States mull ending death penalty to save cash

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Cash-strapped state governments are considering doing away with the death penalty because executions cost too much, the New York Times is reporting.

Maryland, Montana and New Mexico are said to be close to approving legislation to ban executions. And Colorado, Kansas, Nebraska and New Hampshire are considering similar legislation.

An overheard conversation in a Maryland penitentiary (mostly in my head):

Convicted murderer: “So I guess this it, huh?  You’re going to execute me.”

Corrections official: “Oh, no.  Killing somebody costs a lot of money.  Frankly, we’re amazed you could afford to do it.”

Convicted murderer: “Yeah, well I did take out a federal loan.  And I saved a bit on my own.”

Corrections official: “Thought it had to be something like that.  If we could get some of that bailout money, you’d be toast.”

Convicted murderer: “Whew!  That’s a relief!  So what you gonna do instead?”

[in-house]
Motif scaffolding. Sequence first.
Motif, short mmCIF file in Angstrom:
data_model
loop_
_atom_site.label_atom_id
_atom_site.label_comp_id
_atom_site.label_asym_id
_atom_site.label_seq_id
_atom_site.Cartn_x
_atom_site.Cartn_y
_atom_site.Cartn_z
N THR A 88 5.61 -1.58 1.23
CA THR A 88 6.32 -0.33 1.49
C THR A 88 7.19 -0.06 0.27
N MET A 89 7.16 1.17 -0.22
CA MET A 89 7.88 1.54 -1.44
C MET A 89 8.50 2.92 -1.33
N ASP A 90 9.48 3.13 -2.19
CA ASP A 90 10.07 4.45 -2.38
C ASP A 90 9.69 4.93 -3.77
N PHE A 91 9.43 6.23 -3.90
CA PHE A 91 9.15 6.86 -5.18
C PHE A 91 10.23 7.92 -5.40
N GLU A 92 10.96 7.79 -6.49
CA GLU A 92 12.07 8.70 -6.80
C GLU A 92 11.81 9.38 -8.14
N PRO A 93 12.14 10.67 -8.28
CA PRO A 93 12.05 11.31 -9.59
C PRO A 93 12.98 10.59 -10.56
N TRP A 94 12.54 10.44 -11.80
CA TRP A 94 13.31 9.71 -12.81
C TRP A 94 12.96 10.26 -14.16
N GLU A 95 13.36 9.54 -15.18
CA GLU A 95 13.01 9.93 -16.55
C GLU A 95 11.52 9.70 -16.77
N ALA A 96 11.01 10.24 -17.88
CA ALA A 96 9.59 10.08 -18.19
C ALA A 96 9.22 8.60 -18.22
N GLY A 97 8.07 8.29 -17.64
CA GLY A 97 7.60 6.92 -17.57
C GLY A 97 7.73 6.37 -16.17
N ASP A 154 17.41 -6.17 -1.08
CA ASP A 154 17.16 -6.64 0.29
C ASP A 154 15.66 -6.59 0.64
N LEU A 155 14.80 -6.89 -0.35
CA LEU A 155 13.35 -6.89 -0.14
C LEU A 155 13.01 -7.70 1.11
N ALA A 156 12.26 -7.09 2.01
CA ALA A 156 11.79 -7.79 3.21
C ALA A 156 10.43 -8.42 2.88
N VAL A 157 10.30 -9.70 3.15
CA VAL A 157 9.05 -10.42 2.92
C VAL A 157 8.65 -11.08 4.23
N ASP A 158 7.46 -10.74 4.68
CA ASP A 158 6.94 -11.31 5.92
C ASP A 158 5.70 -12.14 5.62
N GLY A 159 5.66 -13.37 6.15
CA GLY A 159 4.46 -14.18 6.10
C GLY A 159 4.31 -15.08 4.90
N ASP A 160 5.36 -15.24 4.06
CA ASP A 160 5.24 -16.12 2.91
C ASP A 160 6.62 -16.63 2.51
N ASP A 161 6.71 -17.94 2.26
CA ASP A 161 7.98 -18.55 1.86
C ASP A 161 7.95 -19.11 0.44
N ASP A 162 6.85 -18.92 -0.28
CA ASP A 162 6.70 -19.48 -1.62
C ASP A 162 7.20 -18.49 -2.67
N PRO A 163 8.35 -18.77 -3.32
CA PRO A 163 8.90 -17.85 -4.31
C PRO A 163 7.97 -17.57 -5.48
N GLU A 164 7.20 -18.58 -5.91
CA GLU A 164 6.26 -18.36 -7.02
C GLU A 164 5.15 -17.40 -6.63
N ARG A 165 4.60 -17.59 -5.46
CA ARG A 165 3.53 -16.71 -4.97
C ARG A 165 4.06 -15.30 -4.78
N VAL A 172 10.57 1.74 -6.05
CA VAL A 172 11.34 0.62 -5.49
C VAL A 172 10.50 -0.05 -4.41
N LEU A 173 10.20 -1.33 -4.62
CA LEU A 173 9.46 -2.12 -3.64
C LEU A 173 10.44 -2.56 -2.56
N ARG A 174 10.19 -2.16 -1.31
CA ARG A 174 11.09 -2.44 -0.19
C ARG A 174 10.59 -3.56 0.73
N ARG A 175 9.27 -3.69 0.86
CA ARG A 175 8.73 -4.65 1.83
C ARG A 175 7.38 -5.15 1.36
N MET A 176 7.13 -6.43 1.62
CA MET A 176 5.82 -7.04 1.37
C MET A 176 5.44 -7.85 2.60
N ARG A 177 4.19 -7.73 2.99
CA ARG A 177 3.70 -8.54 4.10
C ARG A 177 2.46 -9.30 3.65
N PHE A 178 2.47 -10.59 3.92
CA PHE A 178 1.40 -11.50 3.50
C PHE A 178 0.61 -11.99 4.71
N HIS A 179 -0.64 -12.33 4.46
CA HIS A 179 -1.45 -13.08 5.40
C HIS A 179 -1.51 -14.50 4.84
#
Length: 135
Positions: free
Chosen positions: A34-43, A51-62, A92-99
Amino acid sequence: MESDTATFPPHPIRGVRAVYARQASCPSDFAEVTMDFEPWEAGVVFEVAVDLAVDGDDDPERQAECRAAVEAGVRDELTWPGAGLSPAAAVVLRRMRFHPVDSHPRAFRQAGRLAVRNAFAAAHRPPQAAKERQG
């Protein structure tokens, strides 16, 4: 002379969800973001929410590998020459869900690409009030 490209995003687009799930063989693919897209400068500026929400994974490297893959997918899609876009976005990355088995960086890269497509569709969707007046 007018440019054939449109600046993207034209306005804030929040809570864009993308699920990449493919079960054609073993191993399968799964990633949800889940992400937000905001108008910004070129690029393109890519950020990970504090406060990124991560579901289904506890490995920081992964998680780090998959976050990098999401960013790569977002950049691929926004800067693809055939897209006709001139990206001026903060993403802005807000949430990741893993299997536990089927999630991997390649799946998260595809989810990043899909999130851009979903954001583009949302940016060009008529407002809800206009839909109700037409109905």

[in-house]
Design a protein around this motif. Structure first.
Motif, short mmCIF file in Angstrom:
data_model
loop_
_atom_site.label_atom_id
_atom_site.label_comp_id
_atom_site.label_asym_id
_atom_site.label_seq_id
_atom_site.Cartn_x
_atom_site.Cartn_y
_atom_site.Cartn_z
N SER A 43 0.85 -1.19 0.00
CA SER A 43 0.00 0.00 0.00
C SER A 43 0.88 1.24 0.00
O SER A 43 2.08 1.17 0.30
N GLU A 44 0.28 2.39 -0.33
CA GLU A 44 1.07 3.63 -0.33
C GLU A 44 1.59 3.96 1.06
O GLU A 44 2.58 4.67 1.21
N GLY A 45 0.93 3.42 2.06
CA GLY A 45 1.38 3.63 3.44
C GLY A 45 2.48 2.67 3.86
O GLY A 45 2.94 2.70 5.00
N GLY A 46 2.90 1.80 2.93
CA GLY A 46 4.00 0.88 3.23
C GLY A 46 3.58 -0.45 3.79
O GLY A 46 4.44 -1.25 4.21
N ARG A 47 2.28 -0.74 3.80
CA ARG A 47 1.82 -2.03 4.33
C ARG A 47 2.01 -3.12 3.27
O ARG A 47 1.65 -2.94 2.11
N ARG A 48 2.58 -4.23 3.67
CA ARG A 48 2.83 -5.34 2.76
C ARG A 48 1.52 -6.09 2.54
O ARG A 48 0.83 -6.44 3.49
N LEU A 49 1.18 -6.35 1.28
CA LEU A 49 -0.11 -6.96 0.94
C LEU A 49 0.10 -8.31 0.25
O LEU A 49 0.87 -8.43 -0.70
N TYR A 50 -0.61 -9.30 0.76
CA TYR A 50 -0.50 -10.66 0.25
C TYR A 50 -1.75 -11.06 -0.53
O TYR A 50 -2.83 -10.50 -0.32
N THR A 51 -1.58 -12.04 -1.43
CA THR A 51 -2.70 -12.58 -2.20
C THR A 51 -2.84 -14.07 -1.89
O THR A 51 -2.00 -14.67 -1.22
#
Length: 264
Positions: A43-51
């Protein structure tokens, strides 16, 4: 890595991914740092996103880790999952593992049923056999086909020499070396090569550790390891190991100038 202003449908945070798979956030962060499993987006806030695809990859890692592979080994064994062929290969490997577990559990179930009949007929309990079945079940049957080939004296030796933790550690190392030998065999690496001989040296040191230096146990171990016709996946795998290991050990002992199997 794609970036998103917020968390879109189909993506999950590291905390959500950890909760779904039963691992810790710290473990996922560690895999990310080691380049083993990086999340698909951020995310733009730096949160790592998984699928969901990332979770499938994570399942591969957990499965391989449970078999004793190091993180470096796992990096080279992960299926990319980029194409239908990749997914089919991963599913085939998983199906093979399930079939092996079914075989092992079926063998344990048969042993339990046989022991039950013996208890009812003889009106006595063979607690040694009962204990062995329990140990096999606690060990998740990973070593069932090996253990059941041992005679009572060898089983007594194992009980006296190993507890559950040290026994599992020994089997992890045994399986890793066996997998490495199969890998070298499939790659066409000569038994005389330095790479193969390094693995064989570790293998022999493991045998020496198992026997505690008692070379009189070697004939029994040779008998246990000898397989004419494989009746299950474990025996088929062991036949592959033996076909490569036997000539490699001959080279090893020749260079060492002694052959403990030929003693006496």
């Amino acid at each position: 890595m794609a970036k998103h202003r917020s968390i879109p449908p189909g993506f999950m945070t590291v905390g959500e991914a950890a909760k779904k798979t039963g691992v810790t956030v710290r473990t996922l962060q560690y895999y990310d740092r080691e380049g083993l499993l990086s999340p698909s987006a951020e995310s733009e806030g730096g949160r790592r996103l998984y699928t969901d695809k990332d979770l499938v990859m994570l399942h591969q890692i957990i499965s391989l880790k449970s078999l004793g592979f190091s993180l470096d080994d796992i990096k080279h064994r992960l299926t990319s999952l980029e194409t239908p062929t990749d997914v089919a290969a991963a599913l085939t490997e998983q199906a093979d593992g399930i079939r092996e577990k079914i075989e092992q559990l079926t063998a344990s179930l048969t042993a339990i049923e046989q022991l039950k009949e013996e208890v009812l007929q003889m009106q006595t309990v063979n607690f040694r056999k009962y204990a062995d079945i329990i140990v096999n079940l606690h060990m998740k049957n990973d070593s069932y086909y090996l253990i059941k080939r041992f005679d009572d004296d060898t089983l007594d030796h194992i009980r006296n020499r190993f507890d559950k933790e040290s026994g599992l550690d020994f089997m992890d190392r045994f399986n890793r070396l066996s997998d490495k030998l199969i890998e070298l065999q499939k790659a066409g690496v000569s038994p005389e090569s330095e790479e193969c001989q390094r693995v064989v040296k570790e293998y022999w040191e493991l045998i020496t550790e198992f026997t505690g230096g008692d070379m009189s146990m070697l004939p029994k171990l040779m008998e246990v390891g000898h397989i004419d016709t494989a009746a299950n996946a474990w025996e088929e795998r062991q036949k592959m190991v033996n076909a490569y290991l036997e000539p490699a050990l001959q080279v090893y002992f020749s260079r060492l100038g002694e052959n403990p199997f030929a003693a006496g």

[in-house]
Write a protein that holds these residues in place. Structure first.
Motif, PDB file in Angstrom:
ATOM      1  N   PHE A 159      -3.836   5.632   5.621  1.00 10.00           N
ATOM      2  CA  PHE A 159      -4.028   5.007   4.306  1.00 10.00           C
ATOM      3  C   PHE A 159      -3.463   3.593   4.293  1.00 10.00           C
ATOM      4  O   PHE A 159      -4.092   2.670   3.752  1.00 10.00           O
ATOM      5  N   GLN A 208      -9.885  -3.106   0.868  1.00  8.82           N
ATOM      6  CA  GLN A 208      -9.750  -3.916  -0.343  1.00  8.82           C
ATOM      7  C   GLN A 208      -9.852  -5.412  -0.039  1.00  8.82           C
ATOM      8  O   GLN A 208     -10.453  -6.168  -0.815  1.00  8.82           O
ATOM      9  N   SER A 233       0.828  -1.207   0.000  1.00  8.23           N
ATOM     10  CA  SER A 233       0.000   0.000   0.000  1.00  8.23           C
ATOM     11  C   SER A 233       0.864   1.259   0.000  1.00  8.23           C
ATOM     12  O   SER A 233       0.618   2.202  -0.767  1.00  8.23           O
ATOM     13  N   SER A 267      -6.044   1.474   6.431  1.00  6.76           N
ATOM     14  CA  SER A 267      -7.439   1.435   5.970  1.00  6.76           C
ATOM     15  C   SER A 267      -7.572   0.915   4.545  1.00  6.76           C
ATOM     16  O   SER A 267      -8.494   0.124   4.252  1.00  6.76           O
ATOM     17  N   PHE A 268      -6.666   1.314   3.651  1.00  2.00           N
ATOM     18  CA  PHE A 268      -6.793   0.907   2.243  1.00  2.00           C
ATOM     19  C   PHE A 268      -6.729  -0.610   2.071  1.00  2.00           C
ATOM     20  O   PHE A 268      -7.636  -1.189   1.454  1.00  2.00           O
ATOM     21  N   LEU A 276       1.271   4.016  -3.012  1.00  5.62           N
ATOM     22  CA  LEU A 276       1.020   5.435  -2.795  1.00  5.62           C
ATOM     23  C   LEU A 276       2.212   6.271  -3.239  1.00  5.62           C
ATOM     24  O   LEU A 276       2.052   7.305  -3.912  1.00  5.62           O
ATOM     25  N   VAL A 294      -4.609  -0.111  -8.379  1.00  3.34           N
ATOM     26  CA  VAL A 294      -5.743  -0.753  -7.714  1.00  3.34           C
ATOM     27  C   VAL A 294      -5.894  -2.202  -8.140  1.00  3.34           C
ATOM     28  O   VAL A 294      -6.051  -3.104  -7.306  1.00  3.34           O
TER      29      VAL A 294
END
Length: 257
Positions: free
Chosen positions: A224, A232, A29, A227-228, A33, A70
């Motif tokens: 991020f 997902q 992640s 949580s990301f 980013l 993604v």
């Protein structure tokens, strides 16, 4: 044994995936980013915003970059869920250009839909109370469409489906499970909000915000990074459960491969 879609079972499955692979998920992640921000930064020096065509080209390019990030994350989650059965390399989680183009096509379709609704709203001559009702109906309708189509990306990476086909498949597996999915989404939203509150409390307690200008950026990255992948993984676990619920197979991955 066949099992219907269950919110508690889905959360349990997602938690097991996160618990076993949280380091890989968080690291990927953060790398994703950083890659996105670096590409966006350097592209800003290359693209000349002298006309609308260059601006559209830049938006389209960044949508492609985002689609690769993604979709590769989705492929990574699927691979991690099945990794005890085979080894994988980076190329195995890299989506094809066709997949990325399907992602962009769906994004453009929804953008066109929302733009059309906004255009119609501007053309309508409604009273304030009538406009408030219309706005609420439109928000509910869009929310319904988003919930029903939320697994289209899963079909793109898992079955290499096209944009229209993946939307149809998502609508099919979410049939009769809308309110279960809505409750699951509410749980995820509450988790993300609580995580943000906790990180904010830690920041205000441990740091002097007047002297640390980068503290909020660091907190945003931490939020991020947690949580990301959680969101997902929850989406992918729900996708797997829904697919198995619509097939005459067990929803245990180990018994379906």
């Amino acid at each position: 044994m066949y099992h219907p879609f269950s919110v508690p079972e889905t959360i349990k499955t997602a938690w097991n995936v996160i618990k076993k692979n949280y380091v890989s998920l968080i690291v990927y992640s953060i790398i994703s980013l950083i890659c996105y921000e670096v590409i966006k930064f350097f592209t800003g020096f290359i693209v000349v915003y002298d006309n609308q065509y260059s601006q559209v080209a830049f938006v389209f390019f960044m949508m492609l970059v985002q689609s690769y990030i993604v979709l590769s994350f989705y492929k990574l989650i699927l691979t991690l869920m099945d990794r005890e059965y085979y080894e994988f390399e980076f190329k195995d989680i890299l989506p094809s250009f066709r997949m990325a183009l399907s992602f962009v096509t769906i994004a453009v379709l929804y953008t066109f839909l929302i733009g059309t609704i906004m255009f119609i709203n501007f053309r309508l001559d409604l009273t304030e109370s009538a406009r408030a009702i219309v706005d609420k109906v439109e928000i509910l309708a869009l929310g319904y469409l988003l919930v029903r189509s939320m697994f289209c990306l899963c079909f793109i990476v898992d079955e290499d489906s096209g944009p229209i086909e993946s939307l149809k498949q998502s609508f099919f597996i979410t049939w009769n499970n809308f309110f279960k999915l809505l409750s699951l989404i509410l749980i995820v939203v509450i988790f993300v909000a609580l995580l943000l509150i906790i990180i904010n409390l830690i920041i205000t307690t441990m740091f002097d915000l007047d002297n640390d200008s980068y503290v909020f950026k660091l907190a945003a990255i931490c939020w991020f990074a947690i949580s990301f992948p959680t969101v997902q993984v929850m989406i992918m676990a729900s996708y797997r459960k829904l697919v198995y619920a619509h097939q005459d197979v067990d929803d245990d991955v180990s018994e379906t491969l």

Corrections official: “Well, basically house you, feed you, clothe you and give you free health care.  That oughta teach you a lesson.”

Convicted murderer: “I feel smarter already.”

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About the Author
Carleton Bryant

Carleton Bryant

Carleton Bryant is the assistant managing editor for strategic planning and development/special projects for The Washington Times. He previously served as The Times' Metropolitan desk editor, Features desk editor and an assistant National desk editor, as well as a National and Metropolitan reporter. He currently writes a humor blog and weekly humor column — both titled "Out of Context" — ...

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